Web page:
The reward in response to the action must be variable. Something different should happen as the result of taking an action. The author gives the example of a slot machine. The reward might occur as the result of an action, or it might not. A slot machine would be boring if you got the exact same result each time you pulled the handle and spun the dials. The fact the slot machine only pays out sometimes is what keeps people coming back. All sports and games work on the basis of variable reward.
An online equivalent is Twitter or Facebook feeds. We keep looking at them because they keep changing. Somedays, there isn’t much of interest. Sometimes there is. Looking at that river of news going past can be an addictive habit, in part, because the reward changes.
The user must invest some time and do some work. Each time they invest some time and work, they add something that improves the service. They may add friends in Facebook. They add follows in Twitter. They build up reputation in forums. By adding to it, the service becomes more valuable both to the owner of the service, but also to the user. The bigger and deeper the network grows, the more valuable it becomes. If all your friends are on it, it’s valuable. This builds ever more triggers, makes actions easier and likely more frequent, and the reward more exciting.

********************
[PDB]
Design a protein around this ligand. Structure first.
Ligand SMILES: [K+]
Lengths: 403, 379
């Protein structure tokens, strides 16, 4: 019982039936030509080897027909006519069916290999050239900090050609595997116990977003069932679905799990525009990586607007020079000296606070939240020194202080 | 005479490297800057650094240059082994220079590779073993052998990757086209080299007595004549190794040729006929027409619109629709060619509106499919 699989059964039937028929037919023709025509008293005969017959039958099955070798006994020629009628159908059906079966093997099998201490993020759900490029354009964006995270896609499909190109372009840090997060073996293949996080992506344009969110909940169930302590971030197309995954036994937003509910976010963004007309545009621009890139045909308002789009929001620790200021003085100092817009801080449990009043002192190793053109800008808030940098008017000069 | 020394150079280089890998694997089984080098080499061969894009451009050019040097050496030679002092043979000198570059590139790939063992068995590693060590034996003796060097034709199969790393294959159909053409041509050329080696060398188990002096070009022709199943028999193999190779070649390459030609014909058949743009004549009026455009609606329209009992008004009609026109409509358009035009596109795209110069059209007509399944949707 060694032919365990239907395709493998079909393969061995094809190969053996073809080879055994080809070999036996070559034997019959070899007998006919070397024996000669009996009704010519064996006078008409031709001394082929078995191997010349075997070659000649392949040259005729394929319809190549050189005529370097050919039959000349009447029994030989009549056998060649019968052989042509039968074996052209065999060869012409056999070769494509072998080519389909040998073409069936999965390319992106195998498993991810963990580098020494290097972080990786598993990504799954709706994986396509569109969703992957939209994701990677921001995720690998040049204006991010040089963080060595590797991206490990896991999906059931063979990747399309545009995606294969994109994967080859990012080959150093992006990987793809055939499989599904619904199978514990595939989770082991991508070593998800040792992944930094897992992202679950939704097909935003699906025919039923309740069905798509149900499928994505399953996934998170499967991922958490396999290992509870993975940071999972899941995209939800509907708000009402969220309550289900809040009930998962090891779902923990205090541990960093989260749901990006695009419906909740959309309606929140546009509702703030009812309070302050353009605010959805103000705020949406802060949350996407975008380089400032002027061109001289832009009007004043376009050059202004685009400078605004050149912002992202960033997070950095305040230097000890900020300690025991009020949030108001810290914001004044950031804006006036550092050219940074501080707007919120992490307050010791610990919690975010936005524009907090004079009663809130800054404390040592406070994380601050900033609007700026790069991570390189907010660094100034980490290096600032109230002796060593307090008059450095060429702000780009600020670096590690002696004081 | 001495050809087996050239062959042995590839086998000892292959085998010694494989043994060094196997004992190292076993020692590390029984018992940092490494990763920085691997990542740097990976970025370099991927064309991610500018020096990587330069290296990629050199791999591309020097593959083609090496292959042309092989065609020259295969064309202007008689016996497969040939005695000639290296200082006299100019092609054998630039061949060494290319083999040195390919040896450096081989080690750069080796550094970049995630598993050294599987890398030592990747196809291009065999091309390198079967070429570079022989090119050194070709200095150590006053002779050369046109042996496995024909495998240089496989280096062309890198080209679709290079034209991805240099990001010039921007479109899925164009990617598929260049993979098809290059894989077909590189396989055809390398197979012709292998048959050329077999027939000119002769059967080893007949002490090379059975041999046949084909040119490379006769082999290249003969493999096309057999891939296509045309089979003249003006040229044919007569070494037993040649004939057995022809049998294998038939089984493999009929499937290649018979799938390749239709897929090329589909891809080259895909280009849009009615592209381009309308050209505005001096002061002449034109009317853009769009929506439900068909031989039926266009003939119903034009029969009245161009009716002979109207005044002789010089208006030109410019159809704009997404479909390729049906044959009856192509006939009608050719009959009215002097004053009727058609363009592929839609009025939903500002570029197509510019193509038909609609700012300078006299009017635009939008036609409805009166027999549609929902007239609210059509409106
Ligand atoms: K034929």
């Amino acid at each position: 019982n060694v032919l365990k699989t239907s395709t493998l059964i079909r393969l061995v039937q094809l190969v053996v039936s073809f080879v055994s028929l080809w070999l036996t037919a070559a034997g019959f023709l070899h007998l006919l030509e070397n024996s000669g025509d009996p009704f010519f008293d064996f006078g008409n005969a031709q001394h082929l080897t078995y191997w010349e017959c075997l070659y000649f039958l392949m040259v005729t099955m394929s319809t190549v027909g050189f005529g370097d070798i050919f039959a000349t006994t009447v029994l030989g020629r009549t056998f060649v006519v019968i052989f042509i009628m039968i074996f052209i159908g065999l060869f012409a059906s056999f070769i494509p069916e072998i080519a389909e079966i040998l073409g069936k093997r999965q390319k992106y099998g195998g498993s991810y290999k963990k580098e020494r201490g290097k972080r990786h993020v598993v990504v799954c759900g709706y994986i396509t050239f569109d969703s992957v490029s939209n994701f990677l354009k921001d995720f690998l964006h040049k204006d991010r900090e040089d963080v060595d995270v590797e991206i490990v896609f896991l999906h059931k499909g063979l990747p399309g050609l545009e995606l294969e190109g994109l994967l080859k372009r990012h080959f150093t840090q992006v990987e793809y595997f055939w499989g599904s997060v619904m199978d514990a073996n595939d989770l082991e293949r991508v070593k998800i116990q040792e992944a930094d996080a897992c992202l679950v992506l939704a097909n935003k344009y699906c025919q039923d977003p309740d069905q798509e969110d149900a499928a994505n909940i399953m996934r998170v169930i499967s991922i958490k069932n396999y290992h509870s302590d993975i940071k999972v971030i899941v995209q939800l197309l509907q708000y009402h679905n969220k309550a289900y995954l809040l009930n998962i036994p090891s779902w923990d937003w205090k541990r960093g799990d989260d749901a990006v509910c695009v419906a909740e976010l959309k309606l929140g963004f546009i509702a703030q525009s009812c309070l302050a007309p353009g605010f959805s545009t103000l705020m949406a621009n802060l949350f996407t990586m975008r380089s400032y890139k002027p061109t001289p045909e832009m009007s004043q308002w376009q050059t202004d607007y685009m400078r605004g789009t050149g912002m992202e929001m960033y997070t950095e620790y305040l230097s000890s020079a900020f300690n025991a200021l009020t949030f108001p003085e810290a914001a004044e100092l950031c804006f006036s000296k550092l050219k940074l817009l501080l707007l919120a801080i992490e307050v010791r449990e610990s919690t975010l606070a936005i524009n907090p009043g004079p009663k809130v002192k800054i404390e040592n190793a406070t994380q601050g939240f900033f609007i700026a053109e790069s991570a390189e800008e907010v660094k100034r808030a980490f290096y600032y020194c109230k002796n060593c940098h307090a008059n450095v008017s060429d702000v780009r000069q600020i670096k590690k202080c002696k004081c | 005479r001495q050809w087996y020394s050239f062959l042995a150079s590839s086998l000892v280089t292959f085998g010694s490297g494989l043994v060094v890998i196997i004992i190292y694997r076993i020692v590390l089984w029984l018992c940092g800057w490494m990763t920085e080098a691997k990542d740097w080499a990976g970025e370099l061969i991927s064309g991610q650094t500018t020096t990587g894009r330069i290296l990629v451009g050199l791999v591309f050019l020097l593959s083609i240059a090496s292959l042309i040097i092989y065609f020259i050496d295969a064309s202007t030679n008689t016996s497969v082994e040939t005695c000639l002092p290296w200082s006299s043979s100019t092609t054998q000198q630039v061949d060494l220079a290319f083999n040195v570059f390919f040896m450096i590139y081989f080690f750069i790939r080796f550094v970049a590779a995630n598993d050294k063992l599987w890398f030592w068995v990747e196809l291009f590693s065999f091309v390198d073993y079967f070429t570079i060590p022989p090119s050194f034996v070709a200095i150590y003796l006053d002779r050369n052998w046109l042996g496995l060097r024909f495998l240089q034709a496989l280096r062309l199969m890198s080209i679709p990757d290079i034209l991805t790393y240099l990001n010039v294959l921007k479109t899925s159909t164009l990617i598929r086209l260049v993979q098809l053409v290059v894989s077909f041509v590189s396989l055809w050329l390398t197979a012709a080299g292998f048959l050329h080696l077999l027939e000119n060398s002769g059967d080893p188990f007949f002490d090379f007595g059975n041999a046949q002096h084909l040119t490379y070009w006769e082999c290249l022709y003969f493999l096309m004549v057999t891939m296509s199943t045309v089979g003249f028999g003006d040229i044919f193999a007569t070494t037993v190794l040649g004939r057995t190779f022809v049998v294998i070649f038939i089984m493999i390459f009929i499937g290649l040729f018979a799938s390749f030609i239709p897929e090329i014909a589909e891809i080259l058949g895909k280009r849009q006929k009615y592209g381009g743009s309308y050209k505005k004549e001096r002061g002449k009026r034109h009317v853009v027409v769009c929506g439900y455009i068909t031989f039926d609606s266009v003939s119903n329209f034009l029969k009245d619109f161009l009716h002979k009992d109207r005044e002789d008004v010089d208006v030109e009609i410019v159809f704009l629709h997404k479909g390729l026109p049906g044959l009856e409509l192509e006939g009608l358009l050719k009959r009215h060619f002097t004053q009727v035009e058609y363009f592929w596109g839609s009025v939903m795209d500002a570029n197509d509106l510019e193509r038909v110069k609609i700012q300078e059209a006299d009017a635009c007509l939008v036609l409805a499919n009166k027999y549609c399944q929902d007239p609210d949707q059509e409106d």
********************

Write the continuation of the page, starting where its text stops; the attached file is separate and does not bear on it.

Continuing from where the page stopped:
The circle is complete. A habit is formed.
Applying Habit Theory To Websites
Habits create unprompted user engagement. The value is pretty obvious. There’s likely a higher lifetime value per customer than a one-off visit, or on-going visits we have to pay per click. We can spend less time acquiring new customers and more time growing the value to those we already have. If we create an easy mechanism by which that occurs, and spreads, then we’re not as vulnerable to search engines.
If this all sounds very function and product oriented, well, it is. So how does this apply to a published website? A product website that aims for a one off sale?
Think In Terms Of Habit Formation
For one off sales, there aren't opportunities for habit formation in the same way as there might be for, say, Facebook.
Developers often give away free apps, but bill for continued use. Once the user gets in the habit, of doing something, price becomes less of an issue. Price is much more of an issue before they form a habit because they wonder if they will get value. AngryBirds, WhatsApp, et al created a habit first, then cashed in once it was established.
A call-to-action is a trigger. If we think about how calls-to-action in social media and mobile applications, they tend to be big, bold and explicit. If users are in the habit of clicking big, bold buttons in other media, then try testing these such buttons against your current calls-to-action on web pages. Look to mimic habits and routines your visitors might use in other applications.